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OC Irish Outreach volunteers thanked after successful season

(Sept. 13, 2013) While the ambiance might be a bit off, a trip to Ocean City’s Irish Outreach Center is just as good as a voyage to the Emerald Isle itself, at least in regards to the most important part – the people.

That seemed to be the consensus among the center’s volunteer staff, who gathered this week at the Clarion for an end-of-season luncheon, and all of whom spoke highly of the students who used their services this summer.

“The best part of doing this by far is meeting the kids,” said volunteer Jo Alexander. “I was very impressed with how grateful they are. Nothing is for granted. They thank you profusely.”

“The most important part was for them to know that they had a resource and an ally,” agreed fellow volunteer Bernie Busby. “This group has become the model for other groups like it.”

Indeed, the resort’s Irish Outreach has become successful beyond even the expectations of organization leaders Rick and Pat Fairbend, who began their effort in 2011 to provide assistance to the myriad Irish student workers who arrive in the resort each year.

“Two years ago, when we were doing this out of the backs of our cars, we wouldn’t have imagined that we’d get so much support from the community and specifically from all of you,” Pat Fairbend told the assembled volunteers.

For the past two years, however, Irish Outreach has had a physical location – first on 17th Street, and this year on 33rd – for students to gather and to store supplies. The group is currently searching for a headquarters for the 2014 summer.

“As it is, we can’t afford to pay for a place in the off-season when we’re not operational,” Rick Fairbend said. “This year’s location had better visibility than last year, and hopefully we’ll be able to find something even better for next year.”

Despite having a linguistic leg up over other student workers from Asia or Eastern Europe, Irish youth often arrive in a resort at somewhat of a disadvantage. Because of its good diplomatic terms with the Republic of Ireland, the U.S. State Department considers it to be a “visa waiver” country, meaning that Irish nationals do not have to have pre-arranged jobs or housing in order to qualify for entry into the U.S. under the J-1 work-travel visa program. Students from most other countries must acquire their visa through a sponsor, who is also liable for securing their employment.

As such, most Irish students arrive for the summer without a place to stay or work and, furthermore, with less required oversight from their travel sponsor or the State Department over where they are living or working. This continues to make Irish students easy targets for less scrupulous landlords and employers.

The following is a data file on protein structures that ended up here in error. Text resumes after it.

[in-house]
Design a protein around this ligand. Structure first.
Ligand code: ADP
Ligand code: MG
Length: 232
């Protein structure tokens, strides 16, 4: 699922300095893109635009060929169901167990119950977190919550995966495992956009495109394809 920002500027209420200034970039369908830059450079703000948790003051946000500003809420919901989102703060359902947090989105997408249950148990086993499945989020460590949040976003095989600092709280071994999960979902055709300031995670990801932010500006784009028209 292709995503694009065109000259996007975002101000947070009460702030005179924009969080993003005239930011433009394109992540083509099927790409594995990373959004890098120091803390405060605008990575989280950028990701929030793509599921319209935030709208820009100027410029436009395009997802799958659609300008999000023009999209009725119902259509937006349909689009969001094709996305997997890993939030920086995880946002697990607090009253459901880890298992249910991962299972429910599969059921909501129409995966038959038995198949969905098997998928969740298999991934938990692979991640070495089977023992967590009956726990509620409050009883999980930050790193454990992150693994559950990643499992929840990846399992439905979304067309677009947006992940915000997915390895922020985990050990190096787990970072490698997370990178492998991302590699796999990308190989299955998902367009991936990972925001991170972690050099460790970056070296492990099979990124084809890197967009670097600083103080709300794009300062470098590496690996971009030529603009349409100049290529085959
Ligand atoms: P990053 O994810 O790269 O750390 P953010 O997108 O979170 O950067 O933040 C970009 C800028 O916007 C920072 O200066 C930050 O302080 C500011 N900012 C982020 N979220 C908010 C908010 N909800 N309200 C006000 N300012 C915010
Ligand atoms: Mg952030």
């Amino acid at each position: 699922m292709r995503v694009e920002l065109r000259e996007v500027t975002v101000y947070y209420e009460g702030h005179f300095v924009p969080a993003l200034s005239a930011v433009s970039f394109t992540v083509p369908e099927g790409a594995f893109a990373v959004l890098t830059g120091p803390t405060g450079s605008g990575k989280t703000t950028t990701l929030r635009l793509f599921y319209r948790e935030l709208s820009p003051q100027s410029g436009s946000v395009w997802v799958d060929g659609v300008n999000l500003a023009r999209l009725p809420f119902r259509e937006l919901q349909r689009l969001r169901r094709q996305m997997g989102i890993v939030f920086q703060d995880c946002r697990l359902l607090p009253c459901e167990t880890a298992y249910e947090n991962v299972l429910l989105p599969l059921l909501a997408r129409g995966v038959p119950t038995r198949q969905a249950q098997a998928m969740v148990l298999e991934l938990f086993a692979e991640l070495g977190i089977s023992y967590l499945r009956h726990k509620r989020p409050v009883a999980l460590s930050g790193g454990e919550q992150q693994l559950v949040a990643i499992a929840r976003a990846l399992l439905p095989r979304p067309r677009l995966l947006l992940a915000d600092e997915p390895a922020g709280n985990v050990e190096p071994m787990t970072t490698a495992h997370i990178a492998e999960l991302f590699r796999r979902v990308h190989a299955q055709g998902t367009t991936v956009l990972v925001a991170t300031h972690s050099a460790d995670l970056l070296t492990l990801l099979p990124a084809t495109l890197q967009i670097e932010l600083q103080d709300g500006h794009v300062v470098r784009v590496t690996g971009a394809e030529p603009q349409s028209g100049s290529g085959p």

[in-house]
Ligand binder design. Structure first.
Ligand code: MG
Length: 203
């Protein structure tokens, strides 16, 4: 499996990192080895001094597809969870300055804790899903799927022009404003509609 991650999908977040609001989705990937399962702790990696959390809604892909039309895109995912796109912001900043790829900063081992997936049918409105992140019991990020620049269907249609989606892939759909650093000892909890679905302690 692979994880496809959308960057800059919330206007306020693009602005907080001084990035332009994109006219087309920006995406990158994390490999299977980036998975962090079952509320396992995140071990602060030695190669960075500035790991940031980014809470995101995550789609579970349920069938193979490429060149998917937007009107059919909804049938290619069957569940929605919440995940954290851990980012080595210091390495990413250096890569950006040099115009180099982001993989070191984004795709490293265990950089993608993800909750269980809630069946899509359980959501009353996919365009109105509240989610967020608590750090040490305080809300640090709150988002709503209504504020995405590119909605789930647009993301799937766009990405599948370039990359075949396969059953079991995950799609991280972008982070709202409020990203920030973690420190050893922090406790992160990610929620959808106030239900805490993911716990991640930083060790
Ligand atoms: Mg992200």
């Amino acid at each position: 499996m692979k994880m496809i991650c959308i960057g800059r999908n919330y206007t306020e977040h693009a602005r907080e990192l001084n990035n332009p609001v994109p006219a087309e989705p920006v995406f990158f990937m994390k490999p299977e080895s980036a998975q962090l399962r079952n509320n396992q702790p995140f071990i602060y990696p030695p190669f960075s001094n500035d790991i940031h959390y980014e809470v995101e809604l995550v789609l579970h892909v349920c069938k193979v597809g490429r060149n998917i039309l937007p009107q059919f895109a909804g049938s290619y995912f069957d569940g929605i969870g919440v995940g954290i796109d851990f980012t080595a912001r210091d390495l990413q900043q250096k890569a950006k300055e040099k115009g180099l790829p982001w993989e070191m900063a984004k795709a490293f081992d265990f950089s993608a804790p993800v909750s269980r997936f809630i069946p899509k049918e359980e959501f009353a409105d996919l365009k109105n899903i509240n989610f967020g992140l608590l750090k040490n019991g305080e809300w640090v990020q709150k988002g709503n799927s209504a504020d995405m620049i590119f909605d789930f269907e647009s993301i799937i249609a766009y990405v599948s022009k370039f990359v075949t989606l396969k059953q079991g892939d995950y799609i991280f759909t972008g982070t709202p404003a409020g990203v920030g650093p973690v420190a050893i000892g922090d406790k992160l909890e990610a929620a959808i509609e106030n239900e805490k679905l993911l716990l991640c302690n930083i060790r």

Irish Outreach provides students with help in securing jobs and housing, providing lists of businesses and landlords who are looking for foreign help, as well as lists of those who have conflicted with student workers in the past.

The Fairbends thanked a number of local businesses for hiring students who had come to Irish Outreach in need of work.

“The experience was nothing but positive. The students were outstanding,” said Justin Reed of Best Aquatic, which hired 15 to 20 students through Irish Outreach this season.

The organization also gives out home goods, such as kitchenware and bed linens, for students whose accommodations may not be providing them. These are acquired entirely through donations, although Irish Outreach does receive some financial assistance for its rent and operational costs through the Irish Apostolate in Silver Spring. That organization, in turn, is funded through the Irish Catholic Bishops’ Conference and the RoI’s Department of Foreign Affairs.

“They’ve recognized that this is a good program, and that we have a lot of Irish and Irish-Americans that are interested in working with these kids,” said Geri Garvey of the Irish Apostolate.

Most importantly, however, the Irish Outreach center serves as a proxy home for many of the students, where they can simply go for security and fellowship during their often hectic schedules.

“We’ve gotten some emails now from the parents, back in Ireland, saying that their child really felt that this was their home away from home,” Pat Fairbend said.

“For the first time, I think, this year I was answering questions about why we were doing this. The kids were really appreciative and couldn’t believe that someone was doing this for them,” said volunteer Eileen Sweeny.

Irish students in the resort are said to number between 600 and 700 annually for the past three seasons, a considerable increase over years previous due to the State Department’s increasing restriction on some of the Eastern European countries, which used to supply most of the resort’s labor. Russian students were estimated prior to 2010 at almost 1,500 per year, but have since been cut back by nearly 75 percent.

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